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Posted October 28, 2012
Posted March 27, 2001
Field Guide draws the reader into a lush Australian rainforest setting to join the search for a professor who has 'gone missing.' The prose is radiant, exploring the themes of disappearance, loss and love, with sensitivity and intensity. An amazing book! I am eagerly awaiting Gross¿s next novel.Was this review helpful? Yes NoThank you for your feedback. Report this reviewThank you, this review has been flagged.
Posted December 9, 2008
Perhaps Annabel Mendelssohn was escaping the death of her older brother in a diving accident or suicide two years ago. Whatever the real reason is the Connecticut Yankee travels to James Cook University in Australia to do graduate fieldwork. Her subject is the behavioral patterns of spectacle fruit bats. Her only link home is e-mail with her sister.<P>Though mostly alone in the Rain Forest with her bats, Annabel finds herself attracted to the fiftyish professor John Goode even with hunks her own age nearby. When John suddenly vanishes, Annabel becomes concerned for him. John¿s son Leon arrives from Boston in search of his missing father. When Leon and Annabel meet, negative electrons fly as each irritates the other. However, those negative electrons soon attract one another as they join forces in seeking John and in love. <P>FIELD GUIDE is a warm relationship drama that centers on science and family without losing a step in either forum. The story line is understated, which adds to the feel of being in the rain forest with Annabel who reflects on her own family woes. The ending is obvious, but no one will care because the plot is so well written and Annabel is quite the complete character who insures that the tale works. Gwendolen Gross guides her audience with this first rate story. <P>Harriet KlausnerWas this review helpful? Yes NoThank you for your feedback. Report this reviewThank you, this review has been flagged.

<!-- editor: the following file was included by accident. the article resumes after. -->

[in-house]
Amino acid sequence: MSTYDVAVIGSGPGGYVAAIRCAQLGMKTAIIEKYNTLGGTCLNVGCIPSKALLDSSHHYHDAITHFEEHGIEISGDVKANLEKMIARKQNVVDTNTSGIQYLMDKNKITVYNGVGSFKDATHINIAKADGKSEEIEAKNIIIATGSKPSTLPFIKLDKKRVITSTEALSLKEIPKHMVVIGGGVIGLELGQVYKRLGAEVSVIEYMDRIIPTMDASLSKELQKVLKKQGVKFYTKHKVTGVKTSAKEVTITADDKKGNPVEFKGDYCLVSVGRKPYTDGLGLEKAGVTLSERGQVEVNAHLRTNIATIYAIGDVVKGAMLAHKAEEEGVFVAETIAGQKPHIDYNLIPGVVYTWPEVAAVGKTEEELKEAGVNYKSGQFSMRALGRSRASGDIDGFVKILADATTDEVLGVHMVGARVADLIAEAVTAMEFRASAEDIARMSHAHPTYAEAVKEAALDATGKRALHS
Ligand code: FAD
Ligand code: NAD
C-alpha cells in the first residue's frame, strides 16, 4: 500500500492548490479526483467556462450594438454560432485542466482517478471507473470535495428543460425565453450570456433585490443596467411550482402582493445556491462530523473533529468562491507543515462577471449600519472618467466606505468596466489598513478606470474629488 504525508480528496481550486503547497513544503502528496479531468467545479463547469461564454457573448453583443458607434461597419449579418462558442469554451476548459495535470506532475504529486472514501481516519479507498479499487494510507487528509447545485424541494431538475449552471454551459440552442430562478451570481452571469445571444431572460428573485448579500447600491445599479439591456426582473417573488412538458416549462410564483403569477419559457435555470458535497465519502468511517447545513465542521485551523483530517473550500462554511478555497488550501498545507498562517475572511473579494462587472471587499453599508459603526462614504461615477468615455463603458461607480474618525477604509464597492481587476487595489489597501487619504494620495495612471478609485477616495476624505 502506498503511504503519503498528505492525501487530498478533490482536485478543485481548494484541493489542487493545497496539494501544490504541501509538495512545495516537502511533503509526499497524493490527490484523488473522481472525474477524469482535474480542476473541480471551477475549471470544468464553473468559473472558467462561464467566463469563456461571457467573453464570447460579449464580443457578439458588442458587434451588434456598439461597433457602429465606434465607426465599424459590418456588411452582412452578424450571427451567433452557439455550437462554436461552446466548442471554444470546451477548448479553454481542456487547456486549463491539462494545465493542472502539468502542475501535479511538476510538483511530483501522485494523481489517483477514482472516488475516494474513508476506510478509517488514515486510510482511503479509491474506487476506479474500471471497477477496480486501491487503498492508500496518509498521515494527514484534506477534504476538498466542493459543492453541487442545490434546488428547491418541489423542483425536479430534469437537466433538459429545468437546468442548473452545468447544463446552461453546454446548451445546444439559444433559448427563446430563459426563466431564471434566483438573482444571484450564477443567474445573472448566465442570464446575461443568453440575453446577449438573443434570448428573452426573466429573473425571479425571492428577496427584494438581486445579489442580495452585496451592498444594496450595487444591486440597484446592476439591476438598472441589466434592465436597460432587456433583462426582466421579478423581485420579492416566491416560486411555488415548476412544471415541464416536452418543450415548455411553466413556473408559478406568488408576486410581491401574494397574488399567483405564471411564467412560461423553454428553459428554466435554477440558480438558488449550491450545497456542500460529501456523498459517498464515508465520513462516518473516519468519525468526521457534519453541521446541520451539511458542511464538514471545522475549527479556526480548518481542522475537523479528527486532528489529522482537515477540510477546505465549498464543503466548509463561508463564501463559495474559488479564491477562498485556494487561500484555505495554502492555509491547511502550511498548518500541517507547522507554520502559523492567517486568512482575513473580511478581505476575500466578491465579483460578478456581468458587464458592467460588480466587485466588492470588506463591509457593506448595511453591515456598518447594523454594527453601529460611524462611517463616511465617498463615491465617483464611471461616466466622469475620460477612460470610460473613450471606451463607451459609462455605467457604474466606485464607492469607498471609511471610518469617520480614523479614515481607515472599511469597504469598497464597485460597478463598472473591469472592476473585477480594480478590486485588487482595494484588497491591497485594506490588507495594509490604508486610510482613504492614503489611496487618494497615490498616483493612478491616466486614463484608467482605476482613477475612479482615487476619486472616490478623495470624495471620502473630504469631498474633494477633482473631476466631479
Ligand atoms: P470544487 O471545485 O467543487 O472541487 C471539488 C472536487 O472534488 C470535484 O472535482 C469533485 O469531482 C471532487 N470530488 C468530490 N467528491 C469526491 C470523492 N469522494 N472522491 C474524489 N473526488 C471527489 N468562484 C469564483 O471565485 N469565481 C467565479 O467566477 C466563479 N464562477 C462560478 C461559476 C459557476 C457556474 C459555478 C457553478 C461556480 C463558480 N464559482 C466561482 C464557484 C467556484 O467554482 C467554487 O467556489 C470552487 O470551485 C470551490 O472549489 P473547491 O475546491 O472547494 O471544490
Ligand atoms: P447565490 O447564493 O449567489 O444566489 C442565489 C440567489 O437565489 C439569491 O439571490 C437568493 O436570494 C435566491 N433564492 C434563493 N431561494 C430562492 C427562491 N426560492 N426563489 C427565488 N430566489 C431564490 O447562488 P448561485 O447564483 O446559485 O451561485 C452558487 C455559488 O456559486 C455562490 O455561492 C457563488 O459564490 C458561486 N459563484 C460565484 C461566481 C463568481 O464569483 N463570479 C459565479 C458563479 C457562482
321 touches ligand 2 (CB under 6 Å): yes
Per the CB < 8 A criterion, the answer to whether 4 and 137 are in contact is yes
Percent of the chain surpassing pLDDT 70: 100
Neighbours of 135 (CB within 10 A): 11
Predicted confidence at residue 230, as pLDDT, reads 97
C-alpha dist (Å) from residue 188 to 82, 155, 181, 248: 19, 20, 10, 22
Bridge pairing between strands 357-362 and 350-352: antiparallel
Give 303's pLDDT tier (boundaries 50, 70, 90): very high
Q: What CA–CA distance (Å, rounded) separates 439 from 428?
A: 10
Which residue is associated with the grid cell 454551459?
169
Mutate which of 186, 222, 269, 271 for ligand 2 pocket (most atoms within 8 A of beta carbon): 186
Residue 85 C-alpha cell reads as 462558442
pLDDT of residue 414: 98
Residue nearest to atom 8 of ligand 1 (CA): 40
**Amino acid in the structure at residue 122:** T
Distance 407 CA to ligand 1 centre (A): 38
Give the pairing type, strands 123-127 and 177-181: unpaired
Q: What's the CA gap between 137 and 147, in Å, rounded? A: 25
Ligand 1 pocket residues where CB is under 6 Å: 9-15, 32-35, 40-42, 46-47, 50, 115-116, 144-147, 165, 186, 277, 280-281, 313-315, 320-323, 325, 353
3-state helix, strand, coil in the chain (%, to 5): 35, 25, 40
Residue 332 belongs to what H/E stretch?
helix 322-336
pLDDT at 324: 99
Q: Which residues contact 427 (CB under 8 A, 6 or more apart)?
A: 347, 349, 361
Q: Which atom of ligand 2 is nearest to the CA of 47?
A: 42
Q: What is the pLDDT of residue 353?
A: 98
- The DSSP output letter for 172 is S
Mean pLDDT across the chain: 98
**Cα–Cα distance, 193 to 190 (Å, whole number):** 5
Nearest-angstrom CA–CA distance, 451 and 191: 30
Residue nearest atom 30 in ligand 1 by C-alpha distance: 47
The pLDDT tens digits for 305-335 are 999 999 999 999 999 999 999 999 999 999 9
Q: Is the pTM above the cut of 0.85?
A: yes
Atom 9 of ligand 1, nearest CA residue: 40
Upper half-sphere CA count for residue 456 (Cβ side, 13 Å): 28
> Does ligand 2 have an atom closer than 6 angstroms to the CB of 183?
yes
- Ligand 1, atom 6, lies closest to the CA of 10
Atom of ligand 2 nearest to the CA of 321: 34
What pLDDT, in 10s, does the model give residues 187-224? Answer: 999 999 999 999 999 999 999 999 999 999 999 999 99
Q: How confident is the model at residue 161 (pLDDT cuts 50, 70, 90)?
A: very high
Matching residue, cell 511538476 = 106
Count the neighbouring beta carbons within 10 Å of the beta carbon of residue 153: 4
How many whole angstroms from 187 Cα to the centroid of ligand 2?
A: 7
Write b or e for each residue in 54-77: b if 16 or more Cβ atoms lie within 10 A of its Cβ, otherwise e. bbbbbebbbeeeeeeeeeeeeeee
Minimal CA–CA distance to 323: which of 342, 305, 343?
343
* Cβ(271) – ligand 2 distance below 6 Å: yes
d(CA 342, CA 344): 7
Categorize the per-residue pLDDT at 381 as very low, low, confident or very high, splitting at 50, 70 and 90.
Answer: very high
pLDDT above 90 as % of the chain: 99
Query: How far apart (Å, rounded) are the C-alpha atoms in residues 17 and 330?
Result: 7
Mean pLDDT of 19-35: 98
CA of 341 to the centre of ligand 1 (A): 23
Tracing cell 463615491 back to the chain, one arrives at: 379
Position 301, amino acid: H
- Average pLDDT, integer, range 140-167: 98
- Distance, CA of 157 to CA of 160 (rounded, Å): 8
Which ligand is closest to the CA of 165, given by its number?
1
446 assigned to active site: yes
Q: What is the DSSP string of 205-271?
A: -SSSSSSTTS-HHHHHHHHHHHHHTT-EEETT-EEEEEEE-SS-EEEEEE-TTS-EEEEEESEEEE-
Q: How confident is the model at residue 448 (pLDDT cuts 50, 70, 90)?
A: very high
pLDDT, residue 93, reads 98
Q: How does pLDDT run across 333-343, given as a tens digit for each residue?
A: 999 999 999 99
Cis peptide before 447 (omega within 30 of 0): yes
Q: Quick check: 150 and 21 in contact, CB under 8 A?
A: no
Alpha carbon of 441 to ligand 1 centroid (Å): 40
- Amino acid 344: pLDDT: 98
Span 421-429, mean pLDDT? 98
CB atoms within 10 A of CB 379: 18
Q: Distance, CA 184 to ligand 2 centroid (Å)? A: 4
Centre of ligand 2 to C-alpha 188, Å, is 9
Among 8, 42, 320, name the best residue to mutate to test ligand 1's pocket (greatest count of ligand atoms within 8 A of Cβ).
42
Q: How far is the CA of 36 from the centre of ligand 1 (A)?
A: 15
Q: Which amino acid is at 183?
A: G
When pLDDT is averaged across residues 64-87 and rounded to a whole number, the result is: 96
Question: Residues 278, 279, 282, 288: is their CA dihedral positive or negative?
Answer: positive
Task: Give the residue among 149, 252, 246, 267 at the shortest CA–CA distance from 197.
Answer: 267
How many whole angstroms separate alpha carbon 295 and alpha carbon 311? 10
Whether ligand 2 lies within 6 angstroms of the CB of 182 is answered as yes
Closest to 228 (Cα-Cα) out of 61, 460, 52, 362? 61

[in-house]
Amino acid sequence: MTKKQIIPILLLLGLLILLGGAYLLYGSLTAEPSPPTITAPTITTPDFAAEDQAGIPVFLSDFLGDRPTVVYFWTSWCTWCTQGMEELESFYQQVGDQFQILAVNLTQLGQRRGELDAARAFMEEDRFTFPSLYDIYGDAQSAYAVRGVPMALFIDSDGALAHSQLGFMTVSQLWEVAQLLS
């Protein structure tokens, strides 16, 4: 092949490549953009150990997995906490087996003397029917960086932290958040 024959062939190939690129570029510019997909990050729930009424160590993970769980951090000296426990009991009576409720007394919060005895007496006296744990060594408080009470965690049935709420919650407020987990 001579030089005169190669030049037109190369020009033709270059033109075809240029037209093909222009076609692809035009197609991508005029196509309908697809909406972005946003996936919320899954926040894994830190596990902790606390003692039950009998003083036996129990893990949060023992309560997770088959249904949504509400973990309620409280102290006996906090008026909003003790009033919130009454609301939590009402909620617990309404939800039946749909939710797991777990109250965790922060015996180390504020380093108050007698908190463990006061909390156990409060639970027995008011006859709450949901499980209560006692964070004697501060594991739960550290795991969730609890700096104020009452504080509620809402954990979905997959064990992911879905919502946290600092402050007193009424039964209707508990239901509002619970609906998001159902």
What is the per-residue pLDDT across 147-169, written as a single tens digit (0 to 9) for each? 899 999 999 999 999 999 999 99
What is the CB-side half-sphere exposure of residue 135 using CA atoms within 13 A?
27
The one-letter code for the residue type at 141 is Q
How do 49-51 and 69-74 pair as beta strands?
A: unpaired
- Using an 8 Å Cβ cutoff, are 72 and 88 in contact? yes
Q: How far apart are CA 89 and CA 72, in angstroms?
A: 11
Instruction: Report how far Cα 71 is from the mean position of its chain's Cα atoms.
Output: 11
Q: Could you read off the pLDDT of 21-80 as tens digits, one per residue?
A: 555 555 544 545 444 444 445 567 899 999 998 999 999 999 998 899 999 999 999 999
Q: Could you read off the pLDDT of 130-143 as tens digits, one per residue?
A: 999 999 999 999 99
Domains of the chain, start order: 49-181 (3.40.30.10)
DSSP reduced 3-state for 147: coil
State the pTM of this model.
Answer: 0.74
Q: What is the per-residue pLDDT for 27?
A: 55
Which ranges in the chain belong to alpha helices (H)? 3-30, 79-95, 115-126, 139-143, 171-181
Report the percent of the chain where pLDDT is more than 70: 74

Posted January 9, 2012
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